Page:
General Law Vs Charter City California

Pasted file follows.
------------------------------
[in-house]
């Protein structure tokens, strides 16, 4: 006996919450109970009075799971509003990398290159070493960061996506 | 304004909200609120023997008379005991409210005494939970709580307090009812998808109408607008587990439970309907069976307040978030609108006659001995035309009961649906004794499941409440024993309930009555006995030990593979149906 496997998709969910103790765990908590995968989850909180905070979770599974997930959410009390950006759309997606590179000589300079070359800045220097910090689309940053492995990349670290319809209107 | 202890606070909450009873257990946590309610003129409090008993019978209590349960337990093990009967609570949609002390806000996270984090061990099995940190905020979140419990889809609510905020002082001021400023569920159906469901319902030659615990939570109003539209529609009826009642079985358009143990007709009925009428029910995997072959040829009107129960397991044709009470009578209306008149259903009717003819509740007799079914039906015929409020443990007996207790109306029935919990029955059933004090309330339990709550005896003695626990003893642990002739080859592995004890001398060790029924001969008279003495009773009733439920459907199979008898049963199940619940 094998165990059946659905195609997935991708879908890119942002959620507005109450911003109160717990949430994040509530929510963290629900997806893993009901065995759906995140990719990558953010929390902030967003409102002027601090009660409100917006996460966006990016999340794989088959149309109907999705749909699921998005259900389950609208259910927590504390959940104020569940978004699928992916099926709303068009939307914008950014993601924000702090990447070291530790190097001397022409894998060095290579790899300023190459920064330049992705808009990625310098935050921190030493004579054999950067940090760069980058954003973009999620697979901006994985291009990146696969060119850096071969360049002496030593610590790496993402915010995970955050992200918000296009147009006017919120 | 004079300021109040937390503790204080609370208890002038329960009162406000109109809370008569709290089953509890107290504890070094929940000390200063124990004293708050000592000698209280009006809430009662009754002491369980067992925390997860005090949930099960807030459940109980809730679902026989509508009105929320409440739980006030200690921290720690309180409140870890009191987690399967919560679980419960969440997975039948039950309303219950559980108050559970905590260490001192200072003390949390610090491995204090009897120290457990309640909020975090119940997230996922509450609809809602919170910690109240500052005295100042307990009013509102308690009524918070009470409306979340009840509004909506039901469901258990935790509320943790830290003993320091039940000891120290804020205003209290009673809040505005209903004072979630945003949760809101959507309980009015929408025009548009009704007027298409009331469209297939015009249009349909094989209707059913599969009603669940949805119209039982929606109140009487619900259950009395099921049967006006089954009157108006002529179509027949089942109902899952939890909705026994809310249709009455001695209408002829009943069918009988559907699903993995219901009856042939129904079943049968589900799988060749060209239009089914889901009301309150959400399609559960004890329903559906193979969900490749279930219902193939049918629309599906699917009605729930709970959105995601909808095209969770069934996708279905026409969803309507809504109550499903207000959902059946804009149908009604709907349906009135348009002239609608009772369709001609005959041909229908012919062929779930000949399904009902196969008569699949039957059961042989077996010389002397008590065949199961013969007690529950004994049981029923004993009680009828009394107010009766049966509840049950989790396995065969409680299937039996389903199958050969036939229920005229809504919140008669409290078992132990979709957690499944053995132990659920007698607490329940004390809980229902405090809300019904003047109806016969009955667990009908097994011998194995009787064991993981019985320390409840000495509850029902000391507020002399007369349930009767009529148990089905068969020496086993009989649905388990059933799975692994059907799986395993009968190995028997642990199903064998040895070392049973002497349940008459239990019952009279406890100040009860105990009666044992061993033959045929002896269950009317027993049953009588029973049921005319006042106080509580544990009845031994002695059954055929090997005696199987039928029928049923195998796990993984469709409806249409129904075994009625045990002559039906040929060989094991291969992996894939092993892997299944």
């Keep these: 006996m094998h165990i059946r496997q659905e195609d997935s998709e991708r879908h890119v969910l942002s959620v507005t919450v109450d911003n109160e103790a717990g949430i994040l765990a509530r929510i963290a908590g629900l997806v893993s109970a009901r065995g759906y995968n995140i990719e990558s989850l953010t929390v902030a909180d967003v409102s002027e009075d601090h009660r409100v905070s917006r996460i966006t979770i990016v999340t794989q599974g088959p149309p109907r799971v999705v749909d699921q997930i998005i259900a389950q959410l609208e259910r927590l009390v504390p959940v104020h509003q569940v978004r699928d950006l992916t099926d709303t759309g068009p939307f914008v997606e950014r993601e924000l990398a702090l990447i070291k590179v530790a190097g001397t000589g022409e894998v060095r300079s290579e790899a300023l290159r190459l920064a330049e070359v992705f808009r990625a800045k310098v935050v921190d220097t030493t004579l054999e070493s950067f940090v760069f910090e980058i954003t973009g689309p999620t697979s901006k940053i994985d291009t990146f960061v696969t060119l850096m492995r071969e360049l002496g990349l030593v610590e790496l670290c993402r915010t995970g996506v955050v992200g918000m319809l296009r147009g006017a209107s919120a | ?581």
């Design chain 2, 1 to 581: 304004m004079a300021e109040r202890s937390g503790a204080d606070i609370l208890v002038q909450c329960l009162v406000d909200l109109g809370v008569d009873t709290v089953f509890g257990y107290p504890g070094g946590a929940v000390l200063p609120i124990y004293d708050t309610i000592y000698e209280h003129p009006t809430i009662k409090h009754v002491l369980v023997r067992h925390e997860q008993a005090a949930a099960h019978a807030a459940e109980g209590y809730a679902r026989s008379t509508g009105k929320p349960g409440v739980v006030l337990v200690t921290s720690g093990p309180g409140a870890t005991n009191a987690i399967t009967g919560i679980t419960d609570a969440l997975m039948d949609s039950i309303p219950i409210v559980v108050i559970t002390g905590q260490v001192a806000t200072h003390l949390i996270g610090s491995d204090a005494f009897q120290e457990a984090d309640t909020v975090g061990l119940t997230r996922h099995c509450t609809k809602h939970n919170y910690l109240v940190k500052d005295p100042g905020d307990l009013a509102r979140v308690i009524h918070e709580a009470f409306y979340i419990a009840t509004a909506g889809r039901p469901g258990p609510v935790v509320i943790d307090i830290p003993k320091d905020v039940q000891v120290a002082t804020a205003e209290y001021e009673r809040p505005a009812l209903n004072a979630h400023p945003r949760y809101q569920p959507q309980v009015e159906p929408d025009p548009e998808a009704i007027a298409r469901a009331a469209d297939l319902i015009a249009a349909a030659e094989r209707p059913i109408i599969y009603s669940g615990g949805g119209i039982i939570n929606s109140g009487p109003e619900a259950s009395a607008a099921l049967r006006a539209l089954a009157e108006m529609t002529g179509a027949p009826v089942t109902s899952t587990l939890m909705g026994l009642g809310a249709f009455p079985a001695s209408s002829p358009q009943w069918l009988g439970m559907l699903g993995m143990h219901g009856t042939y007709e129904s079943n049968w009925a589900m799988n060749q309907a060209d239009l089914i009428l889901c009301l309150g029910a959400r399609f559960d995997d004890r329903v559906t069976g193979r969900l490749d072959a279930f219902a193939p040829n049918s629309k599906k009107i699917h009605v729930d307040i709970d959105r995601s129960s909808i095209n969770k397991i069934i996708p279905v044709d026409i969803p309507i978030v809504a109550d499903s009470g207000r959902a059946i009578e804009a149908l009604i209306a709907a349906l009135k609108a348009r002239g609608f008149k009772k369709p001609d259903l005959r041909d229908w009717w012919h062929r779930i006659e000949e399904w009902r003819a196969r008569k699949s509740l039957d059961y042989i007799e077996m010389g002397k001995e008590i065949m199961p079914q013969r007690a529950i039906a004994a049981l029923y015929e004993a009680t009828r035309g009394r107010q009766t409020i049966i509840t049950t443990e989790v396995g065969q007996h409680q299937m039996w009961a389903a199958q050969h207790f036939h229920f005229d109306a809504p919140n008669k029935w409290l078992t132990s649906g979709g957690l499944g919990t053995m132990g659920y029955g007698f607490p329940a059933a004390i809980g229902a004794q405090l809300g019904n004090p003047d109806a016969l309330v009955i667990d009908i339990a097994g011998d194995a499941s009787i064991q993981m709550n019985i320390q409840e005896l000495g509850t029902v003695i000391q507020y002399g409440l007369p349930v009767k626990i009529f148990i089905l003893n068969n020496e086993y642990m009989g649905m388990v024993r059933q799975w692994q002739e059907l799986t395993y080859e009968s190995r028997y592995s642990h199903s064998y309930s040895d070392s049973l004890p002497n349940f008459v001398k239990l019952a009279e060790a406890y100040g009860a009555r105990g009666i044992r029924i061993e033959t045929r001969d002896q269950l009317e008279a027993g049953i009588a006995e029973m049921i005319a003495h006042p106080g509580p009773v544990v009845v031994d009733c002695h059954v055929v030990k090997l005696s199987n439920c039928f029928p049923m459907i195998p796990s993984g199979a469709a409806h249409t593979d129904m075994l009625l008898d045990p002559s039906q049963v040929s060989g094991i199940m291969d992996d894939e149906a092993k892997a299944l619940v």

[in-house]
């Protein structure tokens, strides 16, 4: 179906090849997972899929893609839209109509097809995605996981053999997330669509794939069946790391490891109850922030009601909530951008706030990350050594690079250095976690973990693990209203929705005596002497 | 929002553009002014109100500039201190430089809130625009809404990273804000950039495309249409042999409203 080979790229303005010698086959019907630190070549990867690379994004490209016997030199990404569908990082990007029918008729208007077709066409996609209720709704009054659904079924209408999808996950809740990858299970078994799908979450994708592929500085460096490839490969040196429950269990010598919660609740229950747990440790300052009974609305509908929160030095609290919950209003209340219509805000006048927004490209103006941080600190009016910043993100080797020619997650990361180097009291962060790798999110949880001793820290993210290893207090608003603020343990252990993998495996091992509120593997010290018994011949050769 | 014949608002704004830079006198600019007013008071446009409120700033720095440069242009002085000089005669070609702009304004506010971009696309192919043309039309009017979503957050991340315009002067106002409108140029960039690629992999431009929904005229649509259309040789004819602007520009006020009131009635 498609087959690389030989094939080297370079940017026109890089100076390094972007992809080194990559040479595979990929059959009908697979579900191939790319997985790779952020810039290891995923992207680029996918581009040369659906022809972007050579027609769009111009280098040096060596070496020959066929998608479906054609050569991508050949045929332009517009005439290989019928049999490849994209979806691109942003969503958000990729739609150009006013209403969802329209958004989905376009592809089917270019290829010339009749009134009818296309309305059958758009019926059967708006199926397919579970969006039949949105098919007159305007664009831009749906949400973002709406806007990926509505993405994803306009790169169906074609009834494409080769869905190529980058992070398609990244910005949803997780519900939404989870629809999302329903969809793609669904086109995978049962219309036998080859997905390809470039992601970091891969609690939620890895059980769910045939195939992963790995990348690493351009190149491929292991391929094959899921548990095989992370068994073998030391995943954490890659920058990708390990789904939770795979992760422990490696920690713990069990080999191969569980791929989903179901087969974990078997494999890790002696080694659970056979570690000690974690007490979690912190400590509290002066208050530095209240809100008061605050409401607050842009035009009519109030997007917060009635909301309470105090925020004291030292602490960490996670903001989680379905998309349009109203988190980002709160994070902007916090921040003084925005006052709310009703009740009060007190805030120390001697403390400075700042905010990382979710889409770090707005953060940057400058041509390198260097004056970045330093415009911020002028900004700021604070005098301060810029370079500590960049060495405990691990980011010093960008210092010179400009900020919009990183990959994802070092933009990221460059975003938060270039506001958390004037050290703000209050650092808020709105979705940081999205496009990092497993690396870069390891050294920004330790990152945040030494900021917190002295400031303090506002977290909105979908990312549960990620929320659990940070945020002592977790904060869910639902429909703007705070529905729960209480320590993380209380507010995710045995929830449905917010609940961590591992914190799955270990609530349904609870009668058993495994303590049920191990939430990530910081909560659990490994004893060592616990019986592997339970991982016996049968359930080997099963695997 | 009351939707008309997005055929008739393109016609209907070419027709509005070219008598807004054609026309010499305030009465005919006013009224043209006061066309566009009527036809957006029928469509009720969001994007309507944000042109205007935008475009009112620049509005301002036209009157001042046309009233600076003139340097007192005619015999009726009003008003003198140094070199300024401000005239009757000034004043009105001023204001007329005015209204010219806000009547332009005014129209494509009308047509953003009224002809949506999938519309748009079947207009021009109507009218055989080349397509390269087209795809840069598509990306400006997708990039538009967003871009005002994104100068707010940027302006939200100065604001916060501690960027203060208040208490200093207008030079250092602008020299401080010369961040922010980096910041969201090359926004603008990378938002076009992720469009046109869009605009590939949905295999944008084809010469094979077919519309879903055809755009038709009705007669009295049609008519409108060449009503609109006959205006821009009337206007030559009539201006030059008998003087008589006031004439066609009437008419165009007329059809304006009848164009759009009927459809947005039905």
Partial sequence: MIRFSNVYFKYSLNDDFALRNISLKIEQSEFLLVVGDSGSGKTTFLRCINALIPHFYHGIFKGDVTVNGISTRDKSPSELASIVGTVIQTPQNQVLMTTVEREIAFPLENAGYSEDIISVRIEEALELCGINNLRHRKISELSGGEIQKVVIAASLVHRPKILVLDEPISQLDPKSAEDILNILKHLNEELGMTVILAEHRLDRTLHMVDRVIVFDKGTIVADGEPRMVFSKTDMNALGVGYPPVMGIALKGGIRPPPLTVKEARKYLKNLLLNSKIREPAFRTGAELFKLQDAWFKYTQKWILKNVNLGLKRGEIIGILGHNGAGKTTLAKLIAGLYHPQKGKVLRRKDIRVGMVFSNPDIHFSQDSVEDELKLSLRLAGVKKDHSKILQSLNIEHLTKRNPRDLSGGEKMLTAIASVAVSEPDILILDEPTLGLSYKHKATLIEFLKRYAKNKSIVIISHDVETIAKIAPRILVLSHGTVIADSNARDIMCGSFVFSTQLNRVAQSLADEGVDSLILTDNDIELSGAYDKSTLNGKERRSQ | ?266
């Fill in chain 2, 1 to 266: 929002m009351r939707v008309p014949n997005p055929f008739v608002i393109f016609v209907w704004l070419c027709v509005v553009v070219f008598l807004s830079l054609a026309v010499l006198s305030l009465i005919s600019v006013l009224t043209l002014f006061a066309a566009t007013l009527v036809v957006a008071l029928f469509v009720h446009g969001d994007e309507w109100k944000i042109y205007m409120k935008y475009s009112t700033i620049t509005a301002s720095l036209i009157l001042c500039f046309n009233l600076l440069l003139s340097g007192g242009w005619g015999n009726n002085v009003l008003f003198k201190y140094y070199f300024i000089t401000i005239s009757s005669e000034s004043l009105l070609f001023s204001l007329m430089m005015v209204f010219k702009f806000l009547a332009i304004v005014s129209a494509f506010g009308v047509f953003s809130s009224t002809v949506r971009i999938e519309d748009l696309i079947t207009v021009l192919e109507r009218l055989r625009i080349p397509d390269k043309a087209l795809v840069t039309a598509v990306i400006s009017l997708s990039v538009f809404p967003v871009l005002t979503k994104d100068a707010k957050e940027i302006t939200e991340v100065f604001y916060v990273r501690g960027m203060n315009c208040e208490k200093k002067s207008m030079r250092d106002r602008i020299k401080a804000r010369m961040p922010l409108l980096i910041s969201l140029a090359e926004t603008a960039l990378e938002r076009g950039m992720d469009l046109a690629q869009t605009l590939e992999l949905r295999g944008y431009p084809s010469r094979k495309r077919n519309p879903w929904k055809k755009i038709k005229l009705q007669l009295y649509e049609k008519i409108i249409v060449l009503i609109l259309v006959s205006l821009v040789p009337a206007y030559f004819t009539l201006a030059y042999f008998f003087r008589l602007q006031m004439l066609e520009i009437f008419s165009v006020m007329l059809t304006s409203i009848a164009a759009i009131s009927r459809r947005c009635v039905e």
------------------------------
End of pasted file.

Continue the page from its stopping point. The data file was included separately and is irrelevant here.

The Government Code classifies cities as either "general law cities" (cities organized under the general law of California) or "chartered cities" (cities organized under a charter). (Gov. Code, 34100, 34101, 34102; see also First Street Plaza Partners v. City of Los Angeles (1998) 65 Cal. App. 4th 650, 660 [76 Cal. Rptr. 2d 626]; South Bay Senior Housing Corp. v. City of Hawthorne (1997) 56 Cal. App. 4th 1231, 1235-1236 [66 Cal. Rptr. 2d 99].) The powers of a general law city include " 'only those powers expressly conferred upon it by the Legislature, together with such powers as are "necessarily incident to those expressly granted or essential to the declared object and purposes of the municipal corporation." The powers of such a city are strictly construed, so that "any fair, reasonable doubt concerning the exercise of a power is resolved against the corporation." (Martin v. Superior Court (1991) 234 Cal. App. 3d 1765, 1768 [286 Cal. Rptr. 513].) The City is a general law city and, as such, it must comply with state statutes that specify requirements for entering into contracts. (See 34000 et seq.; South Bay Senior Housing Corp. v. City of Hawthorne, supra, 56 Cal. App. 4th at pp. 1235-1236.) "A contract entered into by a local government without legal authority is 'wholly void,' ultra vires, and unenforceable." ( Midway Orchards v. County of Butte (1990) 220 Cal. App. 3d 765, 783 [269 Cal. Rptr. 796], quoting Dynamic Ind. Co. v. City of Long Beach (1958) 159 Cal. App. 2d 294, 299-300 [323 P.2d 768].)